Independent Bandcamp artists – they can be quite the unassuming species, can’t they? Amongst the layers of aspiring lo-fi bedroom artists; waves of opportunists jumping on the vaporwave memewagon and a scattering of experimental oddities, there is gold to be panned.
Vancouver-based artist Glaswegians is one of those rarities, with 2017’s Severancebeing better than an underground independent release has any right to be. Severance is 65 minutes of progressive, folk and post-rock excellence that puts most professional artists’ work from this year to shame.
Boston-based art rock act Bent Knee have been about since their 2011 self-titled release, and on the playlists of almost every Prog Talk admin since their explosive 2014 sophomore release in Shiny Eyed Babies and the excellent Say So from last year.
The band has gained a reputation for pushing the boundaries of pop, rock and the avant-garde simultaneously, and many here at Prog Talk would gladly label them the most exciting upcoming act of the 2010s.
That said, does their most recent release, Land Animal, live up to our notably high expectations? Are we asking too much of the band? Will Leth, Cerpin and Symphony make it to the 21st Century? Find out the answer to all of these questions on this upcoming episode of… “Roundabout“!
As ever, we’d like to remind you that our Roundabouts are compilations of each Prog Talk admin’s individual and subjective opinions. While we may or may not have expressed our thoughts on the album in private beforehand, we do not collude while writing our reviews. So without further ado, let’s talk progressive art rock.
The band, from Belgium, has been making hardcore music since 2008, and allegedly got better with every album. Rheia, which is due on September 30th, is their third release. From this music video for ’10:56/Second Son of R.’, you can see the band’s frontwoman in a strange and eerie a capella piece in the beginning, until all hell breaks loose and the post-hardcore blast beats – which is almost just like a black metal section, in fact – hit in. Their sound isn’t too far from Sweden’s No Omega band, which I adore.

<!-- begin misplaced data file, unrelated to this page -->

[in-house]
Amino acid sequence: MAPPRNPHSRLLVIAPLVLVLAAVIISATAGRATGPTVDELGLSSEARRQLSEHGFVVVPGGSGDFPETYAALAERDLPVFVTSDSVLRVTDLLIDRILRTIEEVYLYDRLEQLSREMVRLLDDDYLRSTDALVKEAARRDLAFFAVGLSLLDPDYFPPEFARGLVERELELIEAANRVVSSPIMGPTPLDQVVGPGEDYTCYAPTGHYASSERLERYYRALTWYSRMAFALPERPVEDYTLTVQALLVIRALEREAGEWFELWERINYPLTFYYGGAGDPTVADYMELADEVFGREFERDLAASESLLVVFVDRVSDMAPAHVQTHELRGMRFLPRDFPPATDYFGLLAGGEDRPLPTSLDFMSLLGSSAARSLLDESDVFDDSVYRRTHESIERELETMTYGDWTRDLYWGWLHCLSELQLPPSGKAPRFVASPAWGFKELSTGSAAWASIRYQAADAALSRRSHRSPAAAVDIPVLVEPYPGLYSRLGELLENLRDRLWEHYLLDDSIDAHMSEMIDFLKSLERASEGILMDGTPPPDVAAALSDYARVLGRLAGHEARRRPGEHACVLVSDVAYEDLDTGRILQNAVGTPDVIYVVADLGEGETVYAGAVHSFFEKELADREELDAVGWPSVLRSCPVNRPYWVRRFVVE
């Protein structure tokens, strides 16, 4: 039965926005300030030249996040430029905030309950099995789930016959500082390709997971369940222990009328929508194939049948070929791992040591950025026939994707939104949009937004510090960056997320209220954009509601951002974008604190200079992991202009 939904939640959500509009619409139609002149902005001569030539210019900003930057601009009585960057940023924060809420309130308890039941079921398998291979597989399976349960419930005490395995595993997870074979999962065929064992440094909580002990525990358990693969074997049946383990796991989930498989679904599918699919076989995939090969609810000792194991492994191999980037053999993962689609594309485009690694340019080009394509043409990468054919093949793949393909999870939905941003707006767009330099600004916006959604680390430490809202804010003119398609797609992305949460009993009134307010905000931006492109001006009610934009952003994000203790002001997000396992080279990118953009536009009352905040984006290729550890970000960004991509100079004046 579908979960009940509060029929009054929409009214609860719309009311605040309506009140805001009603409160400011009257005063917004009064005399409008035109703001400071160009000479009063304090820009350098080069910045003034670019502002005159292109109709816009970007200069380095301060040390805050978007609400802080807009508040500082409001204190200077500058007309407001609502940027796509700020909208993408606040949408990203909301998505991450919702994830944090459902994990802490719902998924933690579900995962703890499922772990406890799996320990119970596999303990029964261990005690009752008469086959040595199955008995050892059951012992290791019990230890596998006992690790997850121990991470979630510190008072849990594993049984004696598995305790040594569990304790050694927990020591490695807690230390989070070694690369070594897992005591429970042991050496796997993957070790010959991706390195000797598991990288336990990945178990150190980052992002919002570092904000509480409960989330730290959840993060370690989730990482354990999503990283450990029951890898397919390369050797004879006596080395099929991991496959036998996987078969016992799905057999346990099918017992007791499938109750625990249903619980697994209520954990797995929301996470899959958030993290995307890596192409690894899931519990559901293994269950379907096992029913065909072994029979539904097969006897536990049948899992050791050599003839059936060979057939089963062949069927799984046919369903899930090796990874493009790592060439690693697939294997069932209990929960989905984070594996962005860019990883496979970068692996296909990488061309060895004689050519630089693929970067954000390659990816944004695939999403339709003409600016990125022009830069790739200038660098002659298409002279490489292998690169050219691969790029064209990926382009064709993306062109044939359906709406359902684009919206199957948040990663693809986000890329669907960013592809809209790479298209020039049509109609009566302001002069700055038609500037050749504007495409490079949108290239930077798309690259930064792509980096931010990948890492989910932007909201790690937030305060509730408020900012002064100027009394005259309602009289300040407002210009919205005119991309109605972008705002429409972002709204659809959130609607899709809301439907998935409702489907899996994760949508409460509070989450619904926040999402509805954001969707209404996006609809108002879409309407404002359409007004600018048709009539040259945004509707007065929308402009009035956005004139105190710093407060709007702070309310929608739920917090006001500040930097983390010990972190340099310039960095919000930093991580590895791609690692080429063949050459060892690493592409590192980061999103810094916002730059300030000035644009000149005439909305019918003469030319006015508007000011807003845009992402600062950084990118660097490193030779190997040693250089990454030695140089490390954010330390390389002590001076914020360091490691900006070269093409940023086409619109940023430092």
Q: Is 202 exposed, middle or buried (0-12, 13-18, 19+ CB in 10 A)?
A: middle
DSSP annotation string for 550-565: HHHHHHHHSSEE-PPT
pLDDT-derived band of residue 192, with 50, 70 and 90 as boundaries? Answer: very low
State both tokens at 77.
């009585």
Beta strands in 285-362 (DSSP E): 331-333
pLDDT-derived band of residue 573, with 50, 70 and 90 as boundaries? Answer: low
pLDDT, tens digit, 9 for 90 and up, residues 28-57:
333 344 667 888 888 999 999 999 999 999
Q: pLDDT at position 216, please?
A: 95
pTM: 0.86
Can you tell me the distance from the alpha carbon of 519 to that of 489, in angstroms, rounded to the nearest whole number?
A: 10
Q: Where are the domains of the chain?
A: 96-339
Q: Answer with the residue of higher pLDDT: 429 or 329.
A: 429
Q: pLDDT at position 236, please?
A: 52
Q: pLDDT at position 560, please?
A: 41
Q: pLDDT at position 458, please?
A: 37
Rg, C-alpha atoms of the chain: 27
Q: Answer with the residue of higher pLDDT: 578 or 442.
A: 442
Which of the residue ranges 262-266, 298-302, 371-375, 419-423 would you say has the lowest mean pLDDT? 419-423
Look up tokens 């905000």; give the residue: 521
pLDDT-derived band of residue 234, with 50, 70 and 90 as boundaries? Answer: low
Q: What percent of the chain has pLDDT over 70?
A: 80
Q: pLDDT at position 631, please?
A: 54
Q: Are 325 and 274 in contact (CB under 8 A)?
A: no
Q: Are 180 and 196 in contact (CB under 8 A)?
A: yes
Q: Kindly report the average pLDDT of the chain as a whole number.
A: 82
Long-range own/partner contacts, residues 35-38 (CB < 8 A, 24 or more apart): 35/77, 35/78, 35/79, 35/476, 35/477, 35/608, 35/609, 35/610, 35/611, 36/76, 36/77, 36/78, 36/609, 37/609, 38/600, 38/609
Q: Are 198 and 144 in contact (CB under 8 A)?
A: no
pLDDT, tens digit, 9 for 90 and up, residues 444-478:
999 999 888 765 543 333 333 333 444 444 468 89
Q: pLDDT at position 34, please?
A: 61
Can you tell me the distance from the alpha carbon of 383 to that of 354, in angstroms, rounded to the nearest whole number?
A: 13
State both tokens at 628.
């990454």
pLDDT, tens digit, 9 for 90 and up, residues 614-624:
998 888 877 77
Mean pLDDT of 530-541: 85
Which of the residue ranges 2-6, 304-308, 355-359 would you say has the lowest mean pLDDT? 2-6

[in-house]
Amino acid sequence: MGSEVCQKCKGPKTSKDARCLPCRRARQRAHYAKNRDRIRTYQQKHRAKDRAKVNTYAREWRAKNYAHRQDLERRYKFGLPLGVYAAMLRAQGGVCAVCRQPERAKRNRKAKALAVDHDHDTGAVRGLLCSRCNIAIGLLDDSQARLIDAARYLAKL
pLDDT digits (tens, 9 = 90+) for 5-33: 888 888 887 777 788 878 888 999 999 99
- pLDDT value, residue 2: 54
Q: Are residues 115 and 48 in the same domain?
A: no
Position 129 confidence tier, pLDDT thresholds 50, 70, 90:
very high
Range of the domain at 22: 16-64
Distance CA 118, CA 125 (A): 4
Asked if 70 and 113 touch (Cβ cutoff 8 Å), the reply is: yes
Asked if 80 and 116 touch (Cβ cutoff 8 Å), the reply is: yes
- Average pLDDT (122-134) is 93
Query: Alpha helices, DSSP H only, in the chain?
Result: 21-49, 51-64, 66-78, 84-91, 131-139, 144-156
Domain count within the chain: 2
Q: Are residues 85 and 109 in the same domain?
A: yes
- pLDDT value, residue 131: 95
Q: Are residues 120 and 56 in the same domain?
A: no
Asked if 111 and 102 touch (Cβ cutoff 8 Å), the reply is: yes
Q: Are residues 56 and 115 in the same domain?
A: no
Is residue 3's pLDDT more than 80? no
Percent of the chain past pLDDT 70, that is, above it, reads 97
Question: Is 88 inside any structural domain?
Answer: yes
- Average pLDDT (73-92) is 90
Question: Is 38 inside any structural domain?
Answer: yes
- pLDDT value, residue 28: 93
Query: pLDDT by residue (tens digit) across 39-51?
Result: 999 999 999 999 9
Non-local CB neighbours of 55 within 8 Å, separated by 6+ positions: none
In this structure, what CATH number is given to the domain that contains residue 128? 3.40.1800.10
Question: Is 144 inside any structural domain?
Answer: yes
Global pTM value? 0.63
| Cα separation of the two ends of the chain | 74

What does this do on Prog Talk? This is an example of poignant and quality progressive post-hardcore. I suggest you familiarize yourself with Oathbreaker as soon as possible, while we patiently wait for the official release of Rheia. Meanwhile, you can stream the entire album on Noisey.
On January 29th, Dream Theater released their thirteenth studio album: a two-disc “rock opera” simply named The Astonishing. Amongst a mixed reception at first, the band’s second ever concept album received generally favourable reviews, but nowhere near their more acclaimed releases, such as Metropolis, Part 2: Scenes from a Memory, Images and Words, and Six Degrees of Inner Turbulence. Recently, the band shared an updated version of the song “Our New World”, with Halestorm frontwoman Lzzy Hale. Now, why would Dream Theater create a new version of their song more than seven months after its release, and what does it say about The Astonishing? Continue reading →
Mike Portnoy often said, on social media, that what we now know as The Similitude of a Dream – The Neal Morse Band‘s next double concept album -, is the best thing he’s ever played on, and is unlike anything they have ever done before. I’m paraphrasing, but he did succeed in raising the expectations of a lot of people, myself included. We all know Neal Morse to be a stellar composer, and a great multi-instrumentalist and singer, but his compositions can feel a bit formulaic at times. The most striking example might be the twin sisters on Transatlantic’s Bridge across Forever, namely “Duel with the Devil” and “Stranger in Your Soul”. The two songs share the same length, and go through similar phases in their development. Now, maybe that was the whole concept behind the album, but you can definitely see strong similarities in other works, such as Sola Scriptura and The Whirlwind. Once again, all these albums and songs I mentioned are some of my favourites, but you just know they came from the same guy. Continue reading →